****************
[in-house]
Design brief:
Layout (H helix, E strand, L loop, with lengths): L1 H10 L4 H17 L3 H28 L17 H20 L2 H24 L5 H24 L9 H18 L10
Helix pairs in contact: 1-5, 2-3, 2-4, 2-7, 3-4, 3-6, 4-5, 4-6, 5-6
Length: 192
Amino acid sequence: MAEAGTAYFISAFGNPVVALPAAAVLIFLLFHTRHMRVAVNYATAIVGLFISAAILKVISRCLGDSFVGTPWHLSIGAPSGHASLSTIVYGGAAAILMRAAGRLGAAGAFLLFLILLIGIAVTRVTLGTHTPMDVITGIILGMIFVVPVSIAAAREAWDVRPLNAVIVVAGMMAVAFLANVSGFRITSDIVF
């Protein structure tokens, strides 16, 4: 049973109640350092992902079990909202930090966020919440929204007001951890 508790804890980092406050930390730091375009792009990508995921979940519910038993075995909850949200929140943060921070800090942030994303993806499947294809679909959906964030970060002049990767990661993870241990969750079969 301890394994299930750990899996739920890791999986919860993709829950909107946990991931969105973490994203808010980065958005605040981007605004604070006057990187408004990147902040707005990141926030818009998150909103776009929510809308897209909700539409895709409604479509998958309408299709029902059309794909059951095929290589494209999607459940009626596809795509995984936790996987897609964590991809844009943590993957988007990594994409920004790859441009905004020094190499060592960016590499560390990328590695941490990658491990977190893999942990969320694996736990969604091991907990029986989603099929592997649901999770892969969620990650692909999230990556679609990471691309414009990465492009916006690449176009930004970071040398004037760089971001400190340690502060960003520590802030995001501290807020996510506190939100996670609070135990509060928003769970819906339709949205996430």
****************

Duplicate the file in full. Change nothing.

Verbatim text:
[in-house]
Design brief:
Layout (H helix, E strand, L loop, with lengths): L1 H10 L4 H17 L3 H28 L17 H20 L2 H24 L5 H24 L9 H18 L10
Helix pairs in contact: 1-5, 2-3, 2-4, 2-7, 3-4, 3-6, 4-5, 4-6, 5-6
Length: 192
Amino acid sequence: MAEAGTAYFISAFGNPVVALPAAAVLIFLLFHTRHMRVAVNYATAIVGLFISAAILKVISRCLGDSFVGTPWHLSIGAPSGHASLSTIVYGGAAAILMRAAGRLGAAGAFLLFLILLIGIAVTRVTLGTHTPMDVITGIILGMIFVVPVSIAAAREAWDVRPLNAVIVVAGMMAVAFLANVSGFRITSDIVF
């Protein structure tokens, strides 16, 4: 049973109640350092992902079990909202930090966020919440929204007001951890 508790804890980092406050930390730091375009792009990508995921979940519910038993075995909850949200929140943060921070800090942030994303993806499947294809679909959906964030970060002049990767990661993870241990969750079969 301890394994299930750990899996739920890791999986919860993709829950909107946990991931969105973490994203808010980065958005605040981007605004604070006057990187408004990147902040707005990141926030818009998150909103776009929510809308897209909700539409895709409604479509998958309408299709029902059309794909059951095929290589494209999607459940009626596809795509995984936790996987897609964590991809844009943590993957988007990594994409920004790859441009905004020094190499060592960016590499560390990328590695941490990658491990977190893999942990969320694996736990969604091991907990029986989603099929592997649901999770892969969620990650692909999230990556679609990471691309414009990465492009916006690449176009930004970071040398004037760089971001400190340690502060960003520590802030995001501290807020996510506190939100996670609070135990509060928003769970819906339709949205996430």